, has quickly become required reading in the field of Puerto Rican educational policy. When we sought in vain for Solís, hoping to solicit an article from him for this Symposium, we learned he had been arrested by the FBI in his home in Puerto Rico for "promoting [through violent means] the independence of Puerto Rico."
The frightening story of his arrest, detainment, and interrogation is a cautionary tale to those of us seeking justice for the Puerto Rican people. The FBI surrounded Solís's house clad in black fatigues, brandished high-powered weapons, and insisted that he strip down in front of his family. He was then taken away by the FBI and held for several hours before he was informed of the crime of which he was accused or allowed legal counsel. It is hard to imagine that a respected academic could experience such a basic violation of his fundamental rights and privileges as a U.S. citizen. Unfortunately, this event only further points out that the citizenship of Puerto Ricans is, at best, second class.
The second-class citizenship of Puerto Ricans may help to explain why they have "been studied to death," and, paradoxically, have also "achieved the dubious distinction of being one of the most undereducated ethnic groups in the United States." The question, therefore, of the usefulness of yet another collection of articles about Puerto Ricans must be addressed. For the better part of this century, much of the English-language scholarship on Puerto Ricans has been written by White, U.S. scholars, who explore the Puerto Rican experience from an outsider's perspective. Much of this scholarship, unreflective in its stance vis-à-vis this community, has taken on the familiar tone of the imperial outsider researching the "exotic other."
Within the last twenty years, however, scholarship about Puerto Ricans by Puerto Ricans has emerged that challenges the colonial stance of many earlier English-language scholars. This new scholarship coincided with the human rights, women's, and civil rights movements in the United States in the 1960s. Building on this tradition, the writers in this Symposium offer an antidote to the colonial type of research prevalent during the first two-thirds of this century.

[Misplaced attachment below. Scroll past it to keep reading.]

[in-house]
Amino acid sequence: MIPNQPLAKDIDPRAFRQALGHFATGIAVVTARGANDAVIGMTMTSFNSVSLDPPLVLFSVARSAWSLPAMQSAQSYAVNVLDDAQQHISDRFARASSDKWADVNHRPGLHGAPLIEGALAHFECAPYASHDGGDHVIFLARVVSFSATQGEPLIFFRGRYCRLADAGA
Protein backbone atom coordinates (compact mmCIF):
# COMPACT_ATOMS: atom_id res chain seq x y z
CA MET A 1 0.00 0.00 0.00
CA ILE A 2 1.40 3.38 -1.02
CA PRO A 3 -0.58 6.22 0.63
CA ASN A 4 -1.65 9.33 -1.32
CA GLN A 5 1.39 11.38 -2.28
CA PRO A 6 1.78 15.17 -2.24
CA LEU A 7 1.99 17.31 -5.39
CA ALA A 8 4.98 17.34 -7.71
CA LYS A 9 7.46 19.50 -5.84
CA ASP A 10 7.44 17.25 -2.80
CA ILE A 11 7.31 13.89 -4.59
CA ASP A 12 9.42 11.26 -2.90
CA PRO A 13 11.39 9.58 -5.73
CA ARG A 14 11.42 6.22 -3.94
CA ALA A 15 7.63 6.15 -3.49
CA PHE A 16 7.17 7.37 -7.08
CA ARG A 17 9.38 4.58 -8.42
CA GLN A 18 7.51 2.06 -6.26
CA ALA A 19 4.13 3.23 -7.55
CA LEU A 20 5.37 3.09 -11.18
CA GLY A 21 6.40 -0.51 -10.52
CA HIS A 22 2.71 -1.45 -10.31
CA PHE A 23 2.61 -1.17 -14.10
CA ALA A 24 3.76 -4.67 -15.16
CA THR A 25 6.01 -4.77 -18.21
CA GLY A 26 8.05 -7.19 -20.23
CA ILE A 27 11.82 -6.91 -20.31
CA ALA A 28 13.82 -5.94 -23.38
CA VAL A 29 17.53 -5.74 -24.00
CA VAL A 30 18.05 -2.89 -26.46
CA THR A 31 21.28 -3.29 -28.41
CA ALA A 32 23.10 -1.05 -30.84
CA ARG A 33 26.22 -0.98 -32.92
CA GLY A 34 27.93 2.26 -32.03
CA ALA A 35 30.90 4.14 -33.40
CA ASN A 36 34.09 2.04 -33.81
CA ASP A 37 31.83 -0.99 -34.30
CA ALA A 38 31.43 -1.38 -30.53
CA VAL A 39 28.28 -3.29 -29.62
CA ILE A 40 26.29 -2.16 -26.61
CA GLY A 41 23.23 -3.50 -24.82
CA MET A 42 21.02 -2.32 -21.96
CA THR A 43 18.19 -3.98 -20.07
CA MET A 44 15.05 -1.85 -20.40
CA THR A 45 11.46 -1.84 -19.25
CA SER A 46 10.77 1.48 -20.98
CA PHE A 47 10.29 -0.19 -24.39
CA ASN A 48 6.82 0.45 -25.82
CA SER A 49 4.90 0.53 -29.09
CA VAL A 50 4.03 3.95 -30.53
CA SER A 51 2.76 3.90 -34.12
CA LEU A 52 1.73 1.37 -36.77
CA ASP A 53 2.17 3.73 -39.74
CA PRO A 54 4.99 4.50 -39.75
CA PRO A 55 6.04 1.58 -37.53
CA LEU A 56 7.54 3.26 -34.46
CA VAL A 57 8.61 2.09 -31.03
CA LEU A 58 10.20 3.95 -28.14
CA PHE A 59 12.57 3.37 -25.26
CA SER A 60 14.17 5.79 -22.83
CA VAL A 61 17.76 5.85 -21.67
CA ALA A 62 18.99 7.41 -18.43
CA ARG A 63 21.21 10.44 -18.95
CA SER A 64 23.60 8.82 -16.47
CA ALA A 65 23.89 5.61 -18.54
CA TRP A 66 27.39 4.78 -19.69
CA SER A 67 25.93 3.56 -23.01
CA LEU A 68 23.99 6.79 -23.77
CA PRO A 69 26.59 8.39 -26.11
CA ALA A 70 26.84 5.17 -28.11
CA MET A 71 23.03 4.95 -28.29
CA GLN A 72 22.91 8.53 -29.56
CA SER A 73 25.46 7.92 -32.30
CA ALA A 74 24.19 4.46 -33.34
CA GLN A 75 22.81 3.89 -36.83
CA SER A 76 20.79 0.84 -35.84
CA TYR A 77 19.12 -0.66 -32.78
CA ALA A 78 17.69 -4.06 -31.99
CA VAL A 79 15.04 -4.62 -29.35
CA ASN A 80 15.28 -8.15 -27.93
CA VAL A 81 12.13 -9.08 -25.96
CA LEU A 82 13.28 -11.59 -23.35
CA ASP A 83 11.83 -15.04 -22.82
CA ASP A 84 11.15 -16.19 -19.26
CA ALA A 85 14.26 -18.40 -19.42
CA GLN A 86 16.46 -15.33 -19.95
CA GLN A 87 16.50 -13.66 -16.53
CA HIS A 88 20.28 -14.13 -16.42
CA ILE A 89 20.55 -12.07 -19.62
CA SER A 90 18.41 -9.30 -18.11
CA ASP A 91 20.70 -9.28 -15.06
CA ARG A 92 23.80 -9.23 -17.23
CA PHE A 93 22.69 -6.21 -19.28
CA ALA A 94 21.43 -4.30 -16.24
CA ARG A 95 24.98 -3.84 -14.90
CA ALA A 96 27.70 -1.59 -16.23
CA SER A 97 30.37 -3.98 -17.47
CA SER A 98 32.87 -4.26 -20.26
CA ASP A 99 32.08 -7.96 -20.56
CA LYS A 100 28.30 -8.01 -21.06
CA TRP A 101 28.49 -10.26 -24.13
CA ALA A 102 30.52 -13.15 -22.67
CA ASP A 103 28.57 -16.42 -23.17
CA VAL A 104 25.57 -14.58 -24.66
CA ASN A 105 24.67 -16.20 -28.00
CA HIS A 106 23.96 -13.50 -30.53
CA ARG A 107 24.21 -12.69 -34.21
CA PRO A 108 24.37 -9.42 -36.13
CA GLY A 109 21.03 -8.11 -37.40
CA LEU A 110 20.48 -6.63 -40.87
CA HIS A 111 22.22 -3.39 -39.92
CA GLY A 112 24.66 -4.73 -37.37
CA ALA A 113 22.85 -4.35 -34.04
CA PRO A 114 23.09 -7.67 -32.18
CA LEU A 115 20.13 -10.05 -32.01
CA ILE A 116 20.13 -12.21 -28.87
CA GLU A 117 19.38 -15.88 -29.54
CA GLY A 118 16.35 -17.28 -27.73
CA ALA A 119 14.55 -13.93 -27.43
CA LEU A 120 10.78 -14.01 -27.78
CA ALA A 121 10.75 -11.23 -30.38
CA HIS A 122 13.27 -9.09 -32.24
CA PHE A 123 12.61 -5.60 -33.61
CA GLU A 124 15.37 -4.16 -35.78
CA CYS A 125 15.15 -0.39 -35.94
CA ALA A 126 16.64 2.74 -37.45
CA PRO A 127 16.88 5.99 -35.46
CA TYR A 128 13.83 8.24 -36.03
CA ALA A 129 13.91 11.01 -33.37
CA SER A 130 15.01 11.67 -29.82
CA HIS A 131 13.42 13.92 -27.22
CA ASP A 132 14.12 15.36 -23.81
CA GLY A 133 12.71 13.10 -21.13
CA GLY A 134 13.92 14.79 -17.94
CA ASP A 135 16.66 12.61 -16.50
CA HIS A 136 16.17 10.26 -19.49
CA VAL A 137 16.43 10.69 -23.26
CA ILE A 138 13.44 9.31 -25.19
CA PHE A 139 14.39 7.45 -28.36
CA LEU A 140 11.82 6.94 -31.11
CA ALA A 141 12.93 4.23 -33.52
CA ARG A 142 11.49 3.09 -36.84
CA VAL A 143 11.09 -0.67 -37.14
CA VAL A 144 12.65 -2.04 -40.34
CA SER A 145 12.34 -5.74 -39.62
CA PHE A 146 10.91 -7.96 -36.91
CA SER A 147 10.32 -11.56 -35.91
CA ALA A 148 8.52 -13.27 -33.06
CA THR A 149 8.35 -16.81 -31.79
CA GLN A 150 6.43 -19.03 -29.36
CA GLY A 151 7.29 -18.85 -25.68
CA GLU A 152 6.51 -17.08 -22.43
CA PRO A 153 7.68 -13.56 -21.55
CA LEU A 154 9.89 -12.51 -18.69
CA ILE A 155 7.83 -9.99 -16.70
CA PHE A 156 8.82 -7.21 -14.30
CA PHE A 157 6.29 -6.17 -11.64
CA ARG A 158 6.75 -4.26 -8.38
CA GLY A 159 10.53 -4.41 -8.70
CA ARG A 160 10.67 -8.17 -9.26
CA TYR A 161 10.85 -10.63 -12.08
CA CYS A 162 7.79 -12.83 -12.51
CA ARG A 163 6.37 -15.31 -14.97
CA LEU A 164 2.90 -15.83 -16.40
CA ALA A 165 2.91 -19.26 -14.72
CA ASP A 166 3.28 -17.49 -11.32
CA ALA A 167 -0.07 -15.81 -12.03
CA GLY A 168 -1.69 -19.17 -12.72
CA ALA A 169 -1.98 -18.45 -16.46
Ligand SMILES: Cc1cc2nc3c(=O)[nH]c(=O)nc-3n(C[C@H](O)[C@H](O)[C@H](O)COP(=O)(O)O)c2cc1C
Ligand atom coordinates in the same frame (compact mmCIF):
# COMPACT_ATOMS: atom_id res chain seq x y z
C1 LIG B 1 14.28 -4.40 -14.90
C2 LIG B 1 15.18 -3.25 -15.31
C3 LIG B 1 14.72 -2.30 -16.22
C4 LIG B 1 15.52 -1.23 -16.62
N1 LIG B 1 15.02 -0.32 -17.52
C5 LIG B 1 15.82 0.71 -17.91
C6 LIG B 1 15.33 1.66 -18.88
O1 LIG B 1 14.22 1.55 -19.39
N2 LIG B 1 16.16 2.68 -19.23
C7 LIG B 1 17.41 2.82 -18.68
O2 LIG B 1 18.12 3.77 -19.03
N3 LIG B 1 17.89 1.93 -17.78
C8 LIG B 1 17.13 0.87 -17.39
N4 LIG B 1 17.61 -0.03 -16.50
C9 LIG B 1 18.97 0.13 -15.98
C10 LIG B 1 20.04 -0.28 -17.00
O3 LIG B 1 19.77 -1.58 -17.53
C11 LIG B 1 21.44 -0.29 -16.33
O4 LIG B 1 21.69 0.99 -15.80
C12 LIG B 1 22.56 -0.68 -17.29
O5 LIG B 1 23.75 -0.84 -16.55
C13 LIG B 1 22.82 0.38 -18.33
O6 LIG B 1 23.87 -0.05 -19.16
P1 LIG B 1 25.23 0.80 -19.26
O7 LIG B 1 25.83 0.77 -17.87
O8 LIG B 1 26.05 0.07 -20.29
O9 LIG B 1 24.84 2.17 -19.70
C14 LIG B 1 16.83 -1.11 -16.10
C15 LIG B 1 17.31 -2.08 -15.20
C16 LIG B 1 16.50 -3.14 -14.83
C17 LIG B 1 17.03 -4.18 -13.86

Much has been written about the impact of colonialism on peoples and cultures throughout the world. Recently, a great deal of attention has been paid to the lives of peoples living in postcolonial colonies (e.g., Bhabha, Spivak). While this scholarship is useful for understanding the impact of colonialism, the jury is still out on its usefulness for examining the experiences of Puerto Ricans, which, as Juan Flores states, "would seem to be emphatically colonial in both historical trajectory and present condition."
Thus, we offer a working definition of colonialism only as a departure point, from which we can begin to examine critically the particular experiences of the communities and individuals presented in this Symposium. Colonialism is composed of a complex set of relationships stemming from the underlying condition of subjugation in which one power has control over another peoples' education, language(s), customs, lands, and economic means of sustenance. In the case of Puerto Rico, colonialism refers to a set of relationships it has with the United States. In the case of Puerto Ricans living within the United States, which is the primary focus of our Symposium, we are referring to a colonized people living within the colonizer. This colonial reality imposes new and unwanted relationships and at the same time fractures preexisting ones, as evidenced by the countless working-class families and communities now divided geographically between the Island and the "mainland." Symbolically, culturally, and historically, the Puerto Rican people have thus been linked together by struggle against the imposed relationships of colonial domination.